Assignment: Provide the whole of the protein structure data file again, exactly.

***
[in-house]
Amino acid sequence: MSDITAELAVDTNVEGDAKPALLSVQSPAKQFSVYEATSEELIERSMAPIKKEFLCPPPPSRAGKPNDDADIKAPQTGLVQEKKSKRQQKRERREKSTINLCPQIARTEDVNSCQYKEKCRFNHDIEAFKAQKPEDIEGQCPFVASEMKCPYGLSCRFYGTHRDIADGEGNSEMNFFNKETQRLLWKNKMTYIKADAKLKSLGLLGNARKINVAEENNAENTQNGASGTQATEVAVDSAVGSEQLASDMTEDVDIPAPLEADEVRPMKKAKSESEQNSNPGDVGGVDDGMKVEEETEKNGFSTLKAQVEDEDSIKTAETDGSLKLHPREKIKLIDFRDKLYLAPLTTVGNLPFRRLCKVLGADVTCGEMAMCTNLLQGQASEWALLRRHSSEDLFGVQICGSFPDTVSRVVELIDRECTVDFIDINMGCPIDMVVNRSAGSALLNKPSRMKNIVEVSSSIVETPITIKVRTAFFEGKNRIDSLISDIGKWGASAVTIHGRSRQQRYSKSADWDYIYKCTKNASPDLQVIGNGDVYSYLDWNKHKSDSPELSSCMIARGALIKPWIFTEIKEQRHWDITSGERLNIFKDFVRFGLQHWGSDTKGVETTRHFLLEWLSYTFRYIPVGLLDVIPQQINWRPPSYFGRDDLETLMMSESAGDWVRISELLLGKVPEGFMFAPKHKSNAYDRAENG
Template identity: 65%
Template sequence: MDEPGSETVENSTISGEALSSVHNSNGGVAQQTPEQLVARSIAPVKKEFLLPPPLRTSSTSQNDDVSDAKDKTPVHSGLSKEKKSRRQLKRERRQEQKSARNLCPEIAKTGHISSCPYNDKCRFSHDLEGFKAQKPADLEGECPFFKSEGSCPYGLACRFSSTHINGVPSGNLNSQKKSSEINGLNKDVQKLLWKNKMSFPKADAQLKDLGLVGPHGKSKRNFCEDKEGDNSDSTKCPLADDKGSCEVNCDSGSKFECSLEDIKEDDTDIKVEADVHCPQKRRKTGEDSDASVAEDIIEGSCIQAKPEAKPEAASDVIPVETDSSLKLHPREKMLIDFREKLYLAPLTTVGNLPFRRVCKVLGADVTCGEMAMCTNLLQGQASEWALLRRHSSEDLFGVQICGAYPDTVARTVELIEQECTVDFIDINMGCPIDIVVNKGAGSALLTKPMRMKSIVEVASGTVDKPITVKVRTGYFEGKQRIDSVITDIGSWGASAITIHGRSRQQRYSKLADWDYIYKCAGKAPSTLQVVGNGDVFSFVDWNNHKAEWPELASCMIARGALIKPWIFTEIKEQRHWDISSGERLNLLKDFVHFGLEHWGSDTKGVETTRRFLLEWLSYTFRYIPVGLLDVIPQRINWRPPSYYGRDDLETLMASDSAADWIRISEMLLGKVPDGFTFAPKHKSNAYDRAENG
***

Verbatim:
[in-house]
Amino acid sequence: MSDITAELAVDTNVEGDAKPALLSVQSPAKQFSVYEATSEELIERSMAPIKKEFLCPPPPSRAGKPNDDADIKAPQTGLVQEKKSKRQQKRERREKSTINLCPQIARTEDVNSCQYKEKCRFNHDIEAFKAQKPEDIEGQCPFVASEMKCPYGLSCRFYGTHRDIADGEGNSEMNFFNKETQRLLWKNKMTYIKADAKLKSLGLLGNARKINVAEENNAENTQNGASGTQATEVAVDSAVGSEQLASDMTEDVDIPAPLEADEVRPMKKAKSESEQNSNPGDVGGVDDGMKVEEETEKNGFSTLKAQVEDEDSIKTAETDGSLKLHPREKIKLIDFRDKLYLAPLTTVGNLPFRRLCKVLGADVTCGEMAMCTNLLQGQASEWALLRRHSSEDLFGVQICGSFPDTVSRVVELIDRECTVDFIDINMGCPIDMVVNRSAGSALLNKPSRMKNIVEVSSSIVETPITIKVRTAFFEGKNRIDSLISDIGKWGASAVTIHGRSRQQRYSKSADWDYIYKCTKNASPDLQVIGNGDVYSYLDWNKHKSDSPELSSCMIARGALIKPWIFTEIKEQRHWDITSGERLNIFKDFVRFGLQHWGSDTKGVETTRHFLLEWLSYTFRYIPVGLLDVIPQQINWRPPSYFGRDDLETLMMSESAGDWVRISELLLGKVPEGFMFAPKHKSNAYDRAENG
Template identity: 65%
Template sequence: MDEPGSETVENSTISGEALSSVHNSNGGVAQQTPEQLVARSIAPVKKEFLLPPPLRTSSTSQNDDVSDAKDKTPVHSGLSKEKKSRRQLKRERRQEQKSARNLCPEIAKTGHISSCPYNDKCRFSHDLEGFKAQKPADLEGECPFFKSEGSCPYGLACRFSSTHINGVPSGNLNSQKKSSEINGLNKDVQKLLWKNKMSFPKADAQLKDLGLVGPHGKSKRNFCEDKEGDNSDSTKCPLADDKGSCEVNCDSGSKFECSLEDIKEDDTDIKVEADVHCPQKRRKTGEDSDASVAEDIIEGSCIQAKPEAKPEAASDVIPVETDSSLKLHPREKMLIDFREKLYLAPLTTVGNLPFRRVCKVLGADVTCGEMAMCTNLLQGQASEWALLRRHSSEDLFGVQICGAYPDTVARTVELIEQECTVDFIDINMGCPIDIVVNKGAGSALLTKPMRMKSIVEVASGTVDKPITVKVRTGYFEGKQRIDSVITDIGSWGASAITIHGRSRQQRYSKLADWDYIYKCAGKAPSTLQVVGNGDVFSFVDWNNHKAEWPELASCMIARGALIKPWIFTEIKEQRHWDISSGERLNLLKDFVHFGLEHWGSDTKGVETTRRFLLEWLSYTFRYIPVGLLDVIPQRINWRPPSYYGRDDLETLMASDSAADWIRISEMLLGKVPDGFTFAPKHKSNAYDRAENG